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Newsletter December 2022: Are you planning on taking the Part II EDAIC in 2023? This is what you should know

Joana Berger-Estilita1,2, Markus Klimek3, on behalf of the Part II Examinations Subcommittee of the European Society of Anaesthesiology

As of 1 October 2020, the European Society of Anaesthesiology became the European Society of Anaesthesiology and Intensive Care. The ESAIC has a proven record of intensive care medicine as a part of its activities, education, examination and research, and it is a significant speciality in our community. The addition of intensive care to the name of our Society was imperative as we worked together to end the COVID-19 pandemic and unite our global community. The decision to alter the Society’s name was met with full support from our leadership, council, and members.

This has set the need to cover further the topic of Intensive Care in Society’s current educational offer. As it is known to many of you, the EDAIC is a multilingual, end-of-training, two-part examination covering the relevant basic sciences and clinical subjects for a specialist anaesthesiologist. It is attributed to members of the ESAIC who pass both Parts of the diploma. Its primary goal is to assess the necessary knowledge on a uniformly high standard for anaesthesiologists throughout Europe1-3.

During the last months, the Part II Examination Subcommittee has put much effort into developing new questions to fill this gap. These questions, which will be used in the upcoming exams, are mainly related to ICU topics, recent developments in the field (e.g. guidelines, patient safety, antibiotic management) and clinical images that represent information used in our monitoring systems. All topics and questions are chosen in line with the EDAIC preparation guide.

How to prepare for the EDAIC and the Syllabus to the postgraduate training program of the European Board of Anaesthesiology.

Therefore, and in light of the current updates, the committee would like to stress the following points:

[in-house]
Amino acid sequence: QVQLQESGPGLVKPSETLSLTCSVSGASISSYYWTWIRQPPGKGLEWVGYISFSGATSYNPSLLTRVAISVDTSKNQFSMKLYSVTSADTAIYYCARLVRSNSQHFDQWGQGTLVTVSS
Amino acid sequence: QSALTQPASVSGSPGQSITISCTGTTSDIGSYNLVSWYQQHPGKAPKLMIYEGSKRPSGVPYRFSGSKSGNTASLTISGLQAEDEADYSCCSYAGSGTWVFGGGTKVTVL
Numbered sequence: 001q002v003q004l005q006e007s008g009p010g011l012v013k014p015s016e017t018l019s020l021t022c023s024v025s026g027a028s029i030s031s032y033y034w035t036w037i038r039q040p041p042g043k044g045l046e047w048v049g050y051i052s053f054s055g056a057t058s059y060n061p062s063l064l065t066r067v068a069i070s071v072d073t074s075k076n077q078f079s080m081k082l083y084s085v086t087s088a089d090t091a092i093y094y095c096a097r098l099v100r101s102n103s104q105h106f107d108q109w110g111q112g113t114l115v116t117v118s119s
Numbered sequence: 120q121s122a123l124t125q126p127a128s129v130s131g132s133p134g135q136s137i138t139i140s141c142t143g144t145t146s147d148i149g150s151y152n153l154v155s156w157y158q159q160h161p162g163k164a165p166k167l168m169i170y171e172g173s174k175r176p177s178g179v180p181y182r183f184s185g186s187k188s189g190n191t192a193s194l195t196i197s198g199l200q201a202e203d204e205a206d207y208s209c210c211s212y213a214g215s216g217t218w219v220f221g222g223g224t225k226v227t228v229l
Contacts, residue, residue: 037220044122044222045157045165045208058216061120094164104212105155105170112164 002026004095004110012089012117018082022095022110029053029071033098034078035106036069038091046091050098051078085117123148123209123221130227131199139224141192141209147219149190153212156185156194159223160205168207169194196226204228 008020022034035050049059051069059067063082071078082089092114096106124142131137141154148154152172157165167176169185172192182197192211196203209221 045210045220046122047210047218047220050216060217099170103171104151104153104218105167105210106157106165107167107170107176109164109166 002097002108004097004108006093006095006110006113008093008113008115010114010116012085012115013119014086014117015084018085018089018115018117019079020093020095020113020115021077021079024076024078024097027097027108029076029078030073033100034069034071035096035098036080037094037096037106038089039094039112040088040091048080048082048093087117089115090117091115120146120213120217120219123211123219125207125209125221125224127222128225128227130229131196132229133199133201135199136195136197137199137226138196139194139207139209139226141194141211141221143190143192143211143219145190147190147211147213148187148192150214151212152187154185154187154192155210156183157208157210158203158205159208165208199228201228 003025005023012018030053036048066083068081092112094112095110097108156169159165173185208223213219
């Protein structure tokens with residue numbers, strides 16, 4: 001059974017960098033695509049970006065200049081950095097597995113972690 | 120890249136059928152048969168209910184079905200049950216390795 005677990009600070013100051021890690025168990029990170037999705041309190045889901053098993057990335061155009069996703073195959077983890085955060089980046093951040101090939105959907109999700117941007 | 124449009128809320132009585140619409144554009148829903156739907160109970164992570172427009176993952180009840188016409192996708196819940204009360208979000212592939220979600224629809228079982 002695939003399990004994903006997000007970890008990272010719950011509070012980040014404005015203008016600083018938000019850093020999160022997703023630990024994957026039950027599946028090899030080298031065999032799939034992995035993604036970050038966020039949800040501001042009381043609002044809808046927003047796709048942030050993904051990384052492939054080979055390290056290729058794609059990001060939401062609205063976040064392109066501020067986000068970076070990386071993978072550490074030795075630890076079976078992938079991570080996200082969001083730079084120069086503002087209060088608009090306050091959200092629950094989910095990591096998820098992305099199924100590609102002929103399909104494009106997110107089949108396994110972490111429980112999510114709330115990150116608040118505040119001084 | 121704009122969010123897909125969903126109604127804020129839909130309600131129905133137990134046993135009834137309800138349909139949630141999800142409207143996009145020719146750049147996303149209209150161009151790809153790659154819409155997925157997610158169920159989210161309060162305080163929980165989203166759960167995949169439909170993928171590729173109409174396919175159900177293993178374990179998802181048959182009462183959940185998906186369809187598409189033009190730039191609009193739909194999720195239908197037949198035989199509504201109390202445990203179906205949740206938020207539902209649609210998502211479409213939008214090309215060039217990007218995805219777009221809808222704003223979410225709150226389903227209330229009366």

1) Make sure your knowledge is sufficient before appearing for the exam. Many candidates need to consider how basic (e.g., anatomy, physics, chemistry) the questions in the primary science papers are. That understanding is examined and not only the reproduction of knowledge. It is also frequently underestimated how necessary it is to make sound decisions when discussing clinical dilemmas. Moreover, expect and prepare for basic and clinical questions related to Intensive Care Medicine.

2) Make sure you can maintain a fluent conversation in the language you choose for the exam. The time for the exam is limited, and a severe language barrier makes it impossible to cover all the topics allocated for this short time, severely compromising your chances of success. Therefore, a CEFRL (Common European Framework of Reference for Languages) level of B2 or higher is highly recommended for a successful professional dialogue with the examiners. If you are unsure about your language level, we strongly recommend having a language test.

3) Make sure to show up if you have signed up for the exam! Indeed, we witness a high number of no-shows. Although the number of EDAIC Part II seats will increase in 2023, it remains limited. The registration process is based on a “first-come-first-serve” policy, and candidates working in Europe will be given a 2-week period to enrol before all other non-European candidates.  Please help your fellow candidates and us by showing up when you have signed up.

If you have any further pending questions, we will gladly address them at exam@esaic.org. We hope to have many fluent interviews with well-prepared candidates, so we look forward to the 2023 exams.

References: 

  1. Goldik Z.. Rev Esp Anestesiol Reanim. Aug-Sep 2011;58:403.
  2. Kusza K, Goldik Z.. Anestezjol Intens Ter. Jan-Mar 2011;43:6.
  3. Alsina E, Gilsanz F. Rev Esp Anestesiol Reanim. Jun-Jul 2008;55:383
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